At least 11 out of 100 Stockholm’s residents have virus antibodies, research showsEuropost
A new coronavirus test of blood taken from blood donors in Stockholm shows that at least 11 out of 100 had developed antibodies, with the real figure believed to be higher. The research, which is still at an early stage, is being carried out by the Karolinska Institute and Karolinska University Hospital, the local media reported.
The test is only 70-80% sensitive; according to the researchers there will be no false positives, but there may be false negatives, that is people who test negative despite having had the coronavirus.
"You cannot draw conclusions about the exact percentages, but we know that those 11% have had (the coronavirus). It is not enough for a research report, but too important to keep under wraps," clinical microbiologist Jan Albert told broadcaster SVT. The test is set to be rolled out to more people on Tuesday.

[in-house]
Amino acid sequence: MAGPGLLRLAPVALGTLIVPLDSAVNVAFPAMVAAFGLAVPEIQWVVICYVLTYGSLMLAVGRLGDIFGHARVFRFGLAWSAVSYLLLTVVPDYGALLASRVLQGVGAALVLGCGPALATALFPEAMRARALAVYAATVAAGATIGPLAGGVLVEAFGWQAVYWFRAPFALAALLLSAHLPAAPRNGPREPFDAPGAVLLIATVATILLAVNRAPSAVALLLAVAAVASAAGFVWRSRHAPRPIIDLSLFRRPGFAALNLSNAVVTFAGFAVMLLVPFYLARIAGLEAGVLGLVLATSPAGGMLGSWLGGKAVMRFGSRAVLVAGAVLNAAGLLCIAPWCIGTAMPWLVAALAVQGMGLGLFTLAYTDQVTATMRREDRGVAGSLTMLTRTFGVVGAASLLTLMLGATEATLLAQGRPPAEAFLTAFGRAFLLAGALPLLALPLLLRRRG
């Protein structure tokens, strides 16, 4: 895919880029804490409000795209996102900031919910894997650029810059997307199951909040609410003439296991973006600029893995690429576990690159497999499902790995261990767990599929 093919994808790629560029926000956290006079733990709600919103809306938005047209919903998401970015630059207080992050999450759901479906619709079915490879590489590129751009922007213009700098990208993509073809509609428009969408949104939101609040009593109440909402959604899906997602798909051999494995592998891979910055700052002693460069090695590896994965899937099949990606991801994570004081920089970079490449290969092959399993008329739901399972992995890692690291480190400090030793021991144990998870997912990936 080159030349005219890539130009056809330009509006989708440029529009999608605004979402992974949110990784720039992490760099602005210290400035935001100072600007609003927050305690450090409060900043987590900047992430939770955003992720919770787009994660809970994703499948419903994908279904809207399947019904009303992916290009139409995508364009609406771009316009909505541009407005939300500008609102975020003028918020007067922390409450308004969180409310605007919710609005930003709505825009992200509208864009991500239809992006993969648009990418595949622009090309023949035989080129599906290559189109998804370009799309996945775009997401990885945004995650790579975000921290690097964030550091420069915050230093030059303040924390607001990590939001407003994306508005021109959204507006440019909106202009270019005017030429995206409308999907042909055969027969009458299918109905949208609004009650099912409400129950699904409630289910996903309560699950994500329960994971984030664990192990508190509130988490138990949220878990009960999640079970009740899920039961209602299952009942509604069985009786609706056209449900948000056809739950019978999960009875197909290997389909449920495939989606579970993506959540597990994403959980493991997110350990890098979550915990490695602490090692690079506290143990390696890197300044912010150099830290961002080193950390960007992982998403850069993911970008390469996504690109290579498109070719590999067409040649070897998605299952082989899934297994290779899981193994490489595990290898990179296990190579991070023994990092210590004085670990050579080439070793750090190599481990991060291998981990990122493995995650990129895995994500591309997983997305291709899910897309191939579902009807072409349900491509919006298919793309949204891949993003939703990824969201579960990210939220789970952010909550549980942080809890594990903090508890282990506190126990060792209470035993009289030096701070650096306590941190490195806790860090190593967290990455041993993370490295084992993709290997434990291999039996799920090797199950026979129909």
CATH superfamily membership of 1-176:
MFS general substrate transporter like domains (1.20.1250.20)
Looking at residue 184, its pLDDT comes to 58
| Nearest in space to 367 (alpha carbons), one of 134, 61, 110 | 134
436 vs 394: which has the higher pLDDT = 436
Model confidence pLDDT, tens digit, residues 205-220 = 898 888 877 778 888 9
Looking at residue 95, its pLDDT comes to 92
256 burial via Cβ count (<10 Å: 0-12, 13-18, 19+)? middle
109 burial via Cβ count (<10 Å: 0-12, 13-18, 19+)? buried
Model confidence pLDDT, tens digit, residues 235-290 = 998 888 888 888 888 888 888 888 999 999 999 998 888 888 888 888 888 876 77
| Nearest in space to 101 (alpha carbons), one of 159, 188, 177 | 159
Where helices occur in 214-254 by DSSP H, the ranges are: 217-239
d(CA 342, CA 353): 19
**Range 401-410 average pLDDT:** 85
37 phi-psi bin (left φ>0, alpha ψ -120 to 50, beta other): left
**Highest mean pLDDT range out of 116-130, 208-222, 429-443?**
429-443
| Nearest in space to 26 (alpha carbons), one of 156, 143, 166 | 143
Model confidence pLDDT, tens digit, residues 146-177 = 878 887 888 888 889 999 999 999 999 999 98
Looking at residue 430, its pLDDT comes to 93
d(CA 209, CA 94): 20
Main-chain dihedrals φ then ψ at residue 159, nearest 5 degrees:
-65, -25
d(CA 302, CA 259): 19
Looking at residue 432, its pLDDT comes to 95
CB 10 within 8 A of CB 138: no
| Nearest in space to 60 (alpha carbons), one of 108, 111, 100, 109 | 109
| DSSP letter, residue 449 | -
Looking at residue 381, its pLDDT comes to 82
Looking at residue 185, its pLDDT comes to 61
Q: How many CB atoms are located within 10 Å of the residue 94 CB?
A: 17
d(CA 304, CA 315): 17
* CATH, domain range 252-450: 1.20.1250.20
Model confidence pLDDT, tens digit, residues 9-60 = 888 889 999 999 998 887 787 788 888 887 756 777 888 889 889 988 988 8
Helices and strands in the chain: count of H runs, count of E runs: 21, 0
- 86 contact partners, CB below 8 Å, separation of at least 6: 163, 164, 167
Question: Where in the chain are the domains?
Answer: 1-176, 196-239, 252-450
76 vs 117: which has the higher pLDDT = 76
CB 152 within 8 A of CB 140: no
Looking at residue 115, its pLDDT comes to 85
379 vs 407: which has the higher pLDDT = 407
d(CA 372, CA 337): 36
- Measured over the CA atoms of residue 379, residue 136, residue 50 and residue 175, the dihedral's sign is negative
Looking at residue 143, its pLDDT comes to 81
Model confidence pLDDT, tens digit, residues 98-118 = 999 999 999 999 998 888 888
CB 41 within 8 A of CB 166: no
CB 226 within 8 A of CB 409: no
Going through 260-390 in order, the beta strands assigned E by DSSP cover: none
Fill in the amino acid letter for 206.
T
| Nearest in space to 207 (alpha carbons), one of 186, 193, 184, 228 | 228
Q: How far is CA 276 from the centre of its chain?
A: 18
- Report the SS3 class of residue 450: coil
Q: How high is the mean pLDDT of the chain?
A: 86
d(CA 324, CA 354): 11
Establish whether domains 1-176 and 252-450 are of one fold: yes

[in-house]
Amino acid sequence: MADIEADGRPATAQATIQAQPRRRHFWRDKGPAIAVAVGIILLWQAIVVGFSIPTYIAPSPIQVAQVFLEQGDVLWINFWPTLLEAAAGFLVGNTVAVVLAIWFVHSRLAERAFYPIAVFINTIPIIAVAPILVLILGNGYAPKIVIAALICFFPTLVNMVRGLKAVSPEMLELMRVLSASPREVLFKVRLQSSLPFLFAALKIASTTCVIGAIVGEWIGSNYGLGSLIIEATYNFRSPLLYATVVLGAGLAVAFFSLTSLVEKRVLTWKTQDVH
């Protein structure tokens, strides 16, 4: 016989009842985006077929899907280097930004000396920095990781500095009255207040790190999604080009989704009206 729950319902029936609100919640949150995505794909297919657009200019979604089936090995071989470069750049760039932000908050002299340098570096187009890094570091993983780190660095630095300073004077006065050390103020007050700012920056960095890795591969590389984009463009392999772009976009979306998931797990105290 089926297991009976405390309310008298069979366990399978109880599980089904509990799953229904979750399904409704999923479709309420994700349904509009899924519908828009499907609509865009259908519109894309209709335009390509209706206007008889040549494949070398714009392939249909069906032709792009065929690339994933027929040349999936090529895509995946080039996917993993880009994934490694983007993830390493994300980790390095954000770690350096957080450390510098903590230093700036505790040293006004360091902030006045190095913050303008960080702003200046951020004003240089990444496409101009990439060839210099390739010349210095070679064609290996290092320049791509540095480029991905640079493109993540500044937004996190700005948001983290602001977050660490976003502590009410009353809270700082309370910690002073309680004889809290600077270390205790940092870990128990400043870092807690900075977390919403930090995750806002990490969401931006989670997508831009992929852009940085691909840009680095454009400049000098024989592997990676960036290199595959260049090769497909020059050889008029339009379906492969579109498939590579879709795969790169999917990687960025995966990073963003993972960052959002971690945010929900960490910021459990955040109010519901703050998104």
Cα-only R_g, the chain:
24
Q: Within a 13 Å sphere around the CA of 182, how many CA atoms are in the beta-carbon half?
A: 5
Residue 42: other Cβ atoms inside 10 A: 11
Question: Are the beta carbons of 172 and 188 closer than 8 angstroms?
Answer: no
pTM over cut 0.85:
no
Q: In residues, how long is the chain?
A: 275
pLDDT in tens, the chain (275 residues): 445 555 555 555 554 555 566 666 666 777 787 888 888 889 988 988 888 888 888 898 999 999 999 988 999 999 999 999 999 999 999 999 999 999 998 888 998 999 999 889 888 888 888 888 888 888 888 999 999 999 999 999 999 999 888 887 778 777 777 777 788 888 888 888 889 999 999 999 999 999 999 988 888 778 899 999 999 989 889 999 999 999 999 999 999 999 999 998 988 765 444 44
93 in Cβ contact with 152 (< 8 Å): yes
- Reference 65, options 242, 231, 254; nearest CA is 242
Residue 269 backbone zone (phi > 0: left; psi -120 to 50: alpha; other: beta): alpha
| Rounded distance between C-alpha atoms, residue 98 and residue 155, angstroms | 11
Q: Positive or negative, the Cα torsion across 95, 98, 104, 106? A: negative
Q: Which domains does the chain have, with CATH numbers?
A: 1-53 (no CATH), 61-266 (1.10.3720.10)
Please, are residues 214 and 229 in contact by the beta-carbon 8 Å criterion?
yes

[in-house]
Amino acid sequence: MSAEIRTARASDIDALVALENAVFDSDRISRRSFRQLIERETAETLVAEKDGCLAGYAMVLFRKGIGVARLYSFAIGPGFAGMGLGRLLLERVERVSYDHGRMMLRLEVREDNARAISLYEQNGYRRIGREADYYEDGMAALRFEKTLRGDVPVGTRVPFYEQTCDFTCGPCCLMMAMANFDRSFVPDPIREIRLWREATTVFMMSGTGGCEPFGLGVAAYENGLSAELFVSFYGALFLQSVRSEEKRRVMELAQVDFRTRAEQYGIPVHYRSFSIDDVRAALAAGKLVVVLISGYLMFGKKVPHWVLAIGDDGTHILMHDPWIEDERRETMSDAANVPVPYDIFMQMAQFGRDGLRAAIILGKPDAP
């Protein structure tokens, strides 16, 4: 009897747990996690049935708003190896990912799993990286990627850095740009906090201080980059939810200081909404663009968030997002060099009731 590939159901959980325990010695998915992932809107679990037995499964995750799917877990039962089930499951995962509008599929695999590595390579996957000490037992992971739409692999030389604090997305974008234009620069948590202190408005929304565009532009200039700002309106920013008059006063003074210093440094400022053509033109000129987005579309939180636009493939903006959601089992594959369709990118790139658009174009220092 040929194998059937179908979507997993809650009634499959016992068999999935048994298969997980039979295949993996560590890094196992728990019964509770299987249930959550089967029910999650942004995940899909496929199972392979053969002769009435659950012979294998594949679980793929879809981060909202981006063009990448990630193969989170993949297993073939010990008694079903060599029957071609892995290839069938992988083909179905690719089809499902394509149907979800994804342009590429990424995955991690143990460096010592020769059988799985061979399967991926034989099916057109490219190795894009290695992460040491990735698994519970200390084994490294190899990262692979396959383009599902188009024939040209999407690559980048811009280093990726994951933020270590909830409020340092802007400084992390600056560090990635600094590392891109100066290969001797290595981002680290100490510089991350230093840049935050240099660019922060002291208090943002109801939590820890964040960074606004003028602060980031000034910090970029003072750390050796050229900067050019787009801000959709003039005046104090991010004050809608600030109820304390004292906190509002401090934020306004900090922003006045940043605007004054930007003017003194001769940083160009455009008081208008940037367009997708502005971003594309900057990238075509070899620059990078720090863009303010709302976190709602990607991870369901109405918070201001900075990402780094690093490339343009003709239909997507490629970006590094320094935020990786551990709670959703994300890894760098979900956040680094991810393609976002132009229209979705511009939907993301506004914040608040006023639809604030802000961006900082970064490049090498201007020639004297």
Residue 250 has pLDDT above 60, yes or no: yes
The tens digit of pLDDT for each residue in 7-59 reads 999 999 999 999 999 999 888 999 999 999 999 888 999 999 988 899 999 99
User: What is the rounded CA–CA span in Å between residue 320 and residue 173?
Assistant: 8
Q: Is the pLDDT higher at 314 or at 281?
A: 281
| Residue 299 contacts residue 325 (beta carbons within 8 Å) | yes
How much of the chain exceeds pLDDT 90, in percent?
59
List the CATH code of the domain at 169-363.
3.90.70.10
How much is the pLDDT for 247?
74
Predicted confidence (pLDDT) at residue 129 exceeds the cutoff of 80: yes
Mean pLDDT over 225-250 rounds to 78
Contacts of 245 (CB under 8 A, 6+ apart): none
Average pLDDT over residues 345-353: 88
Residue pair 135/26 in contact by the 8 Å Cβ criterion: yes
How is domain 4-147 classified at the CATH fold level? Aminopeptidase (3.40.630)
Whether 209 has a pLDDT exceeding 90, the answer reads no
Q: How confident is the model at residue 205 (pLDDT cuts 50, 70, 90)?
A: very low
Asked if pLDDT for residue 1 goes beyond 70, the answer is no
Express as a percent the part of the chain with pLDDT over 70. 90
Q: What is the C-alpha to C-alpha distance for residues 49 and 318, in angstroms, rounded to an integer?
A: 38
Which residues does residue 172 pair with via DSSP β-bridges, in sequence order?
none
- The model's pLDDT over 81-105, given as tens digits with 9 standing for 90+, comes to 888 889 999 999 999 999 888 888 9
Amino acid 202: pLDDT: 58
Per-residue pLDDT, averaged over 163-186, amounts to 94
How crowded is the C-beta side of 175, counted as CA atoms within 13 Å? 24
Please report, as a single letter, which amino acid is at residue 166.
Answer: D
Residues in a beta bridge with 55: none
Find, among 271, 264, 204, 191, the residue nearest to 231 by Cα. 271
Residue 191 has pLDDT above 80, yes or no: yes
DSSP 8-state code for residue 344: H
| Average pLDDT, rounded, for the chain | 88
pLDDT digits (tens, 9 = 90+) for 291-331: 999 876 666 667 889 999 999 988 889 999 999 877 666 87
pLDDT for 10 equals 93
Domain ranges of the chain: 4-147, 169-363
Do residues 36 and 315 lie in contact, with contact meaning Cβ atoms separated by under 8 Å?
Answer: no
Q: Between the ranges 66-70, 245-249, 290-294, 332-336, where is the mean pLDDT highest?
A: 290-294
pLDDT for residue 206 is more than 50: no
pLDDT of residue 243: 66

Researchers in several countries have been working to develop antibody tests for the coronavirus, in the hope that knowing how many have had the virus will help guide future strategies. However, the WHO has warned that there is no conclusive evidence yet that people who have recovered from the virus are immune and cannot be infected again.
There have been 14,777 confirmed cases of the coronavirus as of 20 April in Sweden with 1,580 deaths..
The Swedish government has announced that testing will be ramped up to reach 50,000-100,000 tests per week, with a focus on people in key roles such as police officers and emergency responders.
Everyone in Sweden is urged to stay at home if they are at all sick (even a mild cough or sore throat), practice social distancing, avoid non-essential travel within the country, work from home if possible, follow good hygiene practices, and avoid non-essential visits to elderly people or hospitals. People aged over 70 or in risk groups are advised to avoid social contact as much as possible.